Unstructured Supplementary Service Data (USSD) has been described as “The Third Universal Mobile Application” and, according to The World Bank,  is “the best communication technology available to provide [mobile  financial services] to low-income individuals.” It’s undeniably changed  the world for the better, but it also has a dark side: USSD is inaccessible to nearly 1.3 billion people.

Screenshots from Google’s Accessibility Scanner

If you’re one of the ~250 million people living with a visual impairment, or one of the ~1 billion people living with illiteracy or innumeracy, USSD is an impassable wall. Here’s why:

Even Google’s own phones fail to meet its accessibility standards. According to Google’s Accessibility Scanner, for example, the essential * and # characters on the Pixel’s default dialer have an insufficient text  contrast ratio (3.19 vs. the recommended 4.50) and the call button has  an insufficient image contrast ratio (2.18 vs. the recommended 3.00),  making them harder to see.

USSD menus are incoherent when read as run-on sentences, which is how screen readers interpret them. To see what I mean, close your eyes and try to follow what’s happening in this video.  It’s impossible, especially when you’re racing against the clock to  prevent the session from timing out (more on that in a second).Source: Tech Accessibility Tutorials (YouTube)

USSD input fields have no item label,  which means they “may not have a label readable by screen readers”  (also from Accessibility Scanner). In practice, this means the user has  to know to double tap the input field to select an item from a list,  enter a variable, or enter their PIN. When they do, Google’s screen  reader, TalkBack, confusingly interprets the input field as “edit box.”

Navigational commands are decoupled from input fields. Replying in a USSD input field doesn’t automatically progress you to  the next step. Instead, a user depending on a screen reader has to know  to double tap “Cancel” or “Send” to dismiss the session or navigate  forward. Failing this, the session automatically times out from  inactivity and the user has to start over.

It’s almost impossible to complete a USSD session with a screen reader before the session times out. At the beginning of the video above, the instructor says “to use the  service we need to type fast otherwise it will say connection problem,  or MMI complete, or MMI invalid — something like that.” It then takes  the instructor 3 minutes and 53 seconds to complete the transaction.  Outside of India, where the government enforces the reliability of the  USSD code in the video, it’s unrealistic to assume any USSD session will  actually last that long.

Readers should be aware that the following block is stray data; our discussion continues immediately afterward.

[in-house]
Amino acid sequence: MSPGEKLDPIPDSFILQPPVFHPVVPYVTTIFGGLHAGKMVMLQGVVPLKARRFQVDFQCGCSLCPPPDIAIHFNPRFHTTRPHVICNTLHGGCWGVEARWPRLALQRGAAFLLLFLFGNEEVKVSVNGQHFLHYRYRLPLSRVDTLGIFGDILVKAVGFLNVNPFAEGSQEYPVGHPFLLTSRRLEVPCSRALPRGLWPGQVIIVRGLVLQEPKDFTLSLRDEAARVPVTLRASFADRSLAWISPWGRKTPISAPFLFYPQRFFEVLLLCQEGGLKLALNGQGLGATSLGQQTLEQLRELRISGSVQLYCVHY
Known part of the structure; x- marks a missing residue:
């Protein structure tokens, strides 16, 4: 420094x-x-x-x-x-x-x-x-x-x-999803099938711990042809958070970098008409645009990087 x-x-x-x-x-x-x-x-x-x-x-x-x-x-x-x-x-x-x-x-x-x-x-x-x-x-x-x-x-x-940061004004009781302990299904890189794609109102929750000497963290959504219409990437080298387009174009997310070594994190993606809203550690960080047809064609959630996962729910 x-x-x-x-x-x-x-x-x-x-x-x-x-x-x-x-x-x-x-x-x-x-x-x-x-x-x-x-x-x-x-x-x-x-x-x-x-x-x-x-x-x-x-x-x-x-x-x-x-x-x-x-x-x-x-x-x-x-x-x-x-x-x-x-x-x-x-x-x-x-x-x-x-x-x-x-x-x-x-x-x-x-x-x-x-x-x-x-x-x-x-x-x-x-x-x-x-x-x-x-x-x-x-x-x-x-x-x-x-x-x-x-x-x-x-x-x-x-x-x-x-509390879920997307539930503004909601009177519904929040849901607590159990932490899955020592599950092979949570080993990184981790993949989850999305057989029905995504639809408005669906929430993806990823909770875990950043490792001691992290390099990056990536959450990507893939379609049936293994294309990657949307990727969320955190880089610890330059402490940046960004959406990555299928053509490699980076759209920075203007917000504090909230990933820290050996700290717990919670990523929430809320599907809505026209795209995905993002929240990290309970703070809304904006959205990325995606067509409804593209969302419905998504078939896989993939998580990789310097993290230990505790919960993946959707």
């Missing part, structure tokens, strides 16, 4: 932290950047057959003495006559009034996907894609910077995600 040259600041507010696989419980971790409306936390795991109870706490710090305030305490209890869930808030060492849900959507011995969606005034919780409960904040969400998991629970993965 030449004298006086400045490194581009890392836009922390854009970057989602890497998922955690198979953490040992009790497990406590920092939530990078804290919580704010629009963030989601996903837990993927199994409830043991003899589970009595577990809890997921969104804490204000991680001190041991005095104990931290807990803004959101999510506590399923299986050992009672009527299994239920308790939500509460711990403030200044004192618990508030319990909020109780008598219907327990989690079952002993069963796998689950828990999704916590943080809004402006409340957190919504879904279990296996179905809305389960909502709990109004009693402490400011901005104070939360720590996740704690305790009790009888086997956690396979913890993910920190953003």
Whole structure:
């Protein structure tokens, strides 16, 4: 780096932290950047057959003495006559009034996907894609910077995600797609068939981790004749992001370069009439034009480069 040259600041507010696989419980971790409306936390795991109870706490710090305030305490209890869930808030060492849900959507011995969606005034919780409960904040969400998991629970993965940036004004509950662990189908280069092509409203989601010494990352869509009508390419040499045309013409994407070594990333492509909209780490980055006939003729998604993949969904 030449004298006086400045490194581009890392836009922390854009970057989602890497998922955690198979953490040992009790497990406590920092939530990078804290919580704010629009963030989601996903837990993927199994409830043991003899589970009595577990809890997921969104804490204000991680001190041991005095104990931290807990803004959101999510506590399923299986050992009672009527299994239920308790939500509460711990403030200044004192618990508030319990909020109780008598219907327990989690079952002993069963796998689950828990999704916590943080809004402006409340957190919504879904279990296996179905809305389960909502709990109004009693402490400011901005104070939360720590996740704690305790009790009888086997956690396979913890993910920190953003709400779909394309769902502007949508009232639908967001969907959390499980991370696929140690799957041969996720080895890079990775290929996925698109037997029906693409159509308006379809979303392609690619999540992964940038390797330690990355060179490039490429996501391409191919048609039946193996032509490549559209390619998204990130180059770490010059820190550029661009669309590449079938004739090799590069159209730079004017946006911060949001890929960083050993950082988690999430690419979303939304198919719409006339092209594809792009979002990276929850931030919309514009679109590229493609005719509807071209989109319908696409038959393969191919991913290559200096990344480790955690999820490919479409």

Session time outs cost users money. Users  that depend on screen readers are more likely to take longer to  complete a USSD session and the odds are higher that the USSD session  will time out. Given that mobile network operators charge 3rd parties  per second or per session to use USSD, that means the most vulnerable  users are more likely to pay more to access USSD-based services. And  that’s just the cost to access a  service — there’s usually an additional fee based on the service that’s  accessed (e.g. a fee to withdraw funds from your bank account to your  mobile wallet).

USSD  made it possible to reach billions of people like never before, but  we’re only beginning to understand its true potential. It’s so critical  to bringing the next billion online, in fact, that it’s been added to the 5G specification. With the right tooling (something we’re working on at Hover), developers and product teams can finally make “The Third Universal Mobile Application” truly universal.

Hover = USSD automation for developers. To learn more, visit www.usehover.com or chat with us on Twitter.